The Raspberries are Coming!June 08, 2011
Raspberries are pretty much an afterthought in my garden. They aren’t my favorite fruit, but we put them in years ago & they continue to produce well despite how little attention they get around here.
I have no idea what variety we’re growing. My neighbor was pulling his canes out because his dog kept eating all the fruit. I took said canes and put them into a stupidly tiny strip of planting area adjacent to our driveway. We built a post & wire trellis system to mostly keep them from falling on the driveway. Then I began ignoring them.
A couple years later, when I studied horticulture in college, I learned to prune raspberries in late winter and train them on wires to maximize fruiting. I learned to fertilize them with lawn clippings to help build strong new canes each spring. And, I experimented with adding a little zero nitrogen fertilizer as they bloomed to encourage more flowers & fruit.
Pretty quickly — after I’d applied my college learnin’ to these berry canes & tired of even that small amount of work for a fruit I could take or leave — my husband took over the pruning because he likes the fruit. I figured out that really these weedy plants don’t need to be fertilized, so I stopped, and they kept on putting out fruit. (I do mulch them a bit each year from the pile of mulch that always gets dumped on the driveway right next to them; it’s easy, so I don’t mind.) Oh, and I don’t really have lawn anymore, so there really aren’t any clippings to give these fruity weeds.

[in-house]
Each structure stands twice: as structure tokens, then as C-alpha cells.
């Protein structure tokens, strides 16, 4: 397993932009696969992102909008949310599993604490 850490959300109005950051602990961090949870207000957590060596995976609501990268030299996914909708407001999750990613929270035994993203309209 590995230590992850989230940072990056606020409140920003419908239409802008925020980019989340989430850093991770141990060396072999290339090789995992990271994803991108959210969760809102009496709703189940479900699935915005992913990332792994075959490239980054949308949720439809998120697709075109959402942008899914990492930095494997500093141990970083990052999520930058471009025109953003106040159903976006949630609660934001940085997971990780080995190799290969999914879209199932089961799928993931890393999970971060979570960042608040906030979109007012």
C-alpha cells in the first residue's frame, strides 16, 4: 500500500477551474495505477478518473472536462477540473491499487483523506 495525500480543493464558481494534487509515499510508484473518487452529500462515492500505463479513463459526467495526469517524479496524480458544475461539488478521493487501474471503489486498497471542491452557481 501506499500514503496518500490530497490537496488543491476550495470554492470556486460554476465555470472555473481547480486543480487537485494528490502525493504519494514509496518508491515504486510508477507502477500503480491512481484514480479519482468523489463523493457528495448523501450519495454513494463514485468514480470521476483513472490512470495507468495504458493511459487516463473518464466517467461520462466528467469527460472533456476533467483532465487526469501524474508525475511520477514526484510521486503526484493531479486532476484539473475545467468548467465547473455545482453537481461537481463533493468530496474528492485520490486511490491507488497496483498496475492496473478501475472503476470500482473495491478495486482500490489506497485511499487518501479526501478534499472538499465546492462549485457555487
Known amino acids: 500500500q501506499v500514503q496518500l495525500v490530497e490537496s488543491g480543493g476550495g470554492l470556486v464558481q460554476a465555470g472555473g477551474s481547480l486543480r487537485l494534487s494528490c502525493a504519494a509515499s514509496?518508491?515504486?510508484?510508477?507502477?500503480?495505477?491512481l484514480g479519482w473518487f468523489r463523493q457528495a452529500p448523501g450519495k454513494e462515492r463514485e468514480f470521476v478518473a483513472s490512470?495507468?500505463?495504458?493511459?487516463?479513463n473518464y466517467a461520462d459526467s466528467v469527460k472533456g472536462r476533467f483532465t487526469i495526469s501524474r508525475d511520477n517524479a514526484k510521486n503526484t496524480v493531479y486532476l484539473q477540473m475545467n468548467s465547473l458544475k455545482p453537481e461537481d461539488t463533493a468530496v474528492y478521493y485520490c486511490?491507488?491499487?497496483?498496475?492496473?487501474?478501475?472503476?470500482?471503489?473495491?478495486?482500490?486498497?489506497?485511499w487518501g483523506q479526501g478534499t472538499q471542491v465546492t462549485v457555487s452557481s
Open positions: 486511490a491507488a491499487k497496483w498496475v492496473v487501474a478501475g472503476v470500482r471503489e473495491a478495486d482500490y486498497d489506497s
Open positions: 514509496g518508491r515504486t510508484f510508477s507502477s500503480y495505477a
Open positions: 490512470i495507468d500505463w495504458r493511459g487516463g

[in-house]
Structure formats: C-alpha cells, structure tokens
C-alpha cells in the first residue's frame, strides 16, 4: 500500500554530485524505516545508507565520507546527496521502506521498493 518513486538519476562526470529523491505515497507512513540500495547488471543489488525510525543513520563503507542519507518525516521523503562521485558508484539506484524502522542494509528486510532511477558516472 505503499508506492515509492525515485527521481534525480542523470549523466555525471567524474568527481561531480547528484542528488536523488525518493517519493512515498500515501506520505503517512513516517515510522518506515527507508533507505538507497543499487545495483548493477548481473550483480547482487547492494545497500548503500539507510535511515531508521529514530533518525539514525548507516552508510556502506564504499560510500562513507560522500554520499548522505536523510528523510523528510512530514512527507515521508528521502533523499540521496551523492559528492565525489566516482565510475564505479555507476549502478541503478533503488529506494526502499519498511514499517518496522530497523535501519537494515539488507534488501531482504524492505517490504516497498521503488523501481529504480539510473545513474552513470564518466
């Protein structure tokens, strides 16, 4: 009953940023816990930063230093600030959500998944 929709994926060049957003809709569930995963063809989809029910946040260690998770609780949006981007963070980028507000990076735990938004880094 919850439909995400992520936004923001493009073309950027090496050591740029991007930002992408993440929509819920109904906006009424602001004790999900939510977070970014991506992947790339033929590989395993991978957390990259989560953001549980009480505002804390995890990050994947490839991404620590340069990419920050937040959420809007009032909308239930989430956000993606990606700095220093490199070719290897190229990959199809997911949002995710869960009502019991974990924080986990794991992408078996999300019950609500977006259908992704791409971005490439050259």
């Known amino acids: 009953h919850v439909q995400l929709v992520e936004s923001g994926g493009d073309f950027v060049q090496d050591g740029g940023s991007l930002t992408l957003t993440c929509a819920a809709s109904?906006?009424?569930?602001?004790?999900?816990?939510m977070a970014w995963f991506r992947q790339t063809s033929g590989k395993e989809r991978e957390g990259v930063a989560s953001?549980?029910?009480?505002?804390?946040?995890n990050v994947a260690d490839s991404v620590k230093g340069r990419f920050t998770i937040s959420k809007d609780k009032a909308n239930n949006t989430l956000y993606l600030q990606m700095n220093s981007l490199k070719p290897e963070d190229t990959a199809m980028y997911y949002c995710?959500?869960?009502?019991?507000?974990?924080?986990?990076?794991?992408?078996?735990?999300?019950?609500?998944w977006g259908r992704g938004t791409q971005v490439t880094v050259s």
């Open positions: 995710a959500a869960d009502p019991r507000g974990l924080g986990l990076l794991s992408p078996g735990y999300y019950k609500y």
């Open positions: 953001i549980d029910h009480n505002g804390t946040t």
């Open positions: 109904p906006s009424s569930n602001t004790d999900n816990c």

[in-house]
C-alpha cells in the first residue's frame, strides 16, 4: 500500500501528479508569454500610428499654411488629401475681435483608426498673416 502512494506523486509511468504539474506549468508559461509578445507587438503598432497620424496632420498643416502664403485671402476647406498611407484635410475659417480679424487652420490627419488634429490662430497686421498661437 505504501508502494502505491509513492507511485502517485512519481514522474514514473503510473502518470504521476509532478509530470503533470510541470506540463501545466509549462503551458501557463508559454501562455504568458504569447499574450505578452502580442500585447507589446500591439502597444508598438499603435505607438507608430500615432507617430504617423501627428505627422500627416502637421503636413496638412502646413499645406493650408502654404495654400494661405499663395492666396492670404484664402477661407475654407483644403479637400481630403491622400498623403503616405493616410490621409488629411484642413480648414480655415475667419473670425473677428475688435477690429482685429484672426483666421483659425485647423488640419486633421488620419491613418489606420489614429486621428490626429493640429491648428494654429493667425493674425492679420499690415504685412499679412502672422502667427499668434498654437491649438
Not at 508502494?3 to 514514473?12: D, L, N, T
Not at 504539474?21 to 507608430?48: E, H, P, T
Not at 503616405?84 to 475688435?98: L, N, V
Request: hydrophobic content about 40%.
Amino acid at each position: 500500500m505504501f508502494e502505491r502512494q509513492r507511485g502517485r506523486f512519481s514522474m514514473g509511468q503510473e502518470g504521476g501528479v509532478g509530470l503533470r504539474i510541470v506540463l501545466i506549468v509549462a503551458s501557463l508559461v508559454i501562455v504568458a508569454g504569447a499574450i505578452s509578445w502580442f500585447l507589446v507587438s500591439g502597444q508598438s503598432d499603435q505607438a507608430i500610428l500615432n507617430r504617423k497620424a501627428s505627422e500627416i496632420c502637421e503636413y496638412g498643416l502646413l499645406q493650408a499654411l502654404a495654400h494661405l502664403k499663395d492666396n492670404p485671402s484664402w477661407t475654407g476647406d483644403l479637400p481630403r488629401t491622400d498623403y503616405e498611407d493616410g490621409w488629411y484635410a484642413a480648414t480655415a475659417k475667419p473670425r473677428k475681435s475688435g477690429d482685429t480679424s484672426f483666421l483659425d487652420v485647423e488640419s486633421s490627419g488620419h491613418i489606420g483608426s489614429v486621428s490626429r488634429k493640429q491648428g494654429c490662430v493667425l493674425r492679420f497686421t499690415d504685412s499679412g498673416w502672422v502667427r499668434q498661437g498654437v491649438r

Still, the plants are booming. They’re filled with lots of wild bumblebees and some of our honeybees right now. The great thing? Once the bees finish pollinating the plants, they don’t keep coming back. So, once the fruit is ripe, there’s very little threat of getting stung when reaching into the dense foliage for fruit.
It’s a late year for our raspberries. But, they’re coming on. Little, hard green fruits are swelling. Next year’s canes are growing strong. And by the time we’re ready to roast marshmallows in our outdoor firepit, it’ll be time to harvest the berries. It’s something even I look forward to: a melty toasted marshmallow with a juicy, just-picked, homegrown berry inserted inside. Truly, a taste of summer. And, I’m ready for it!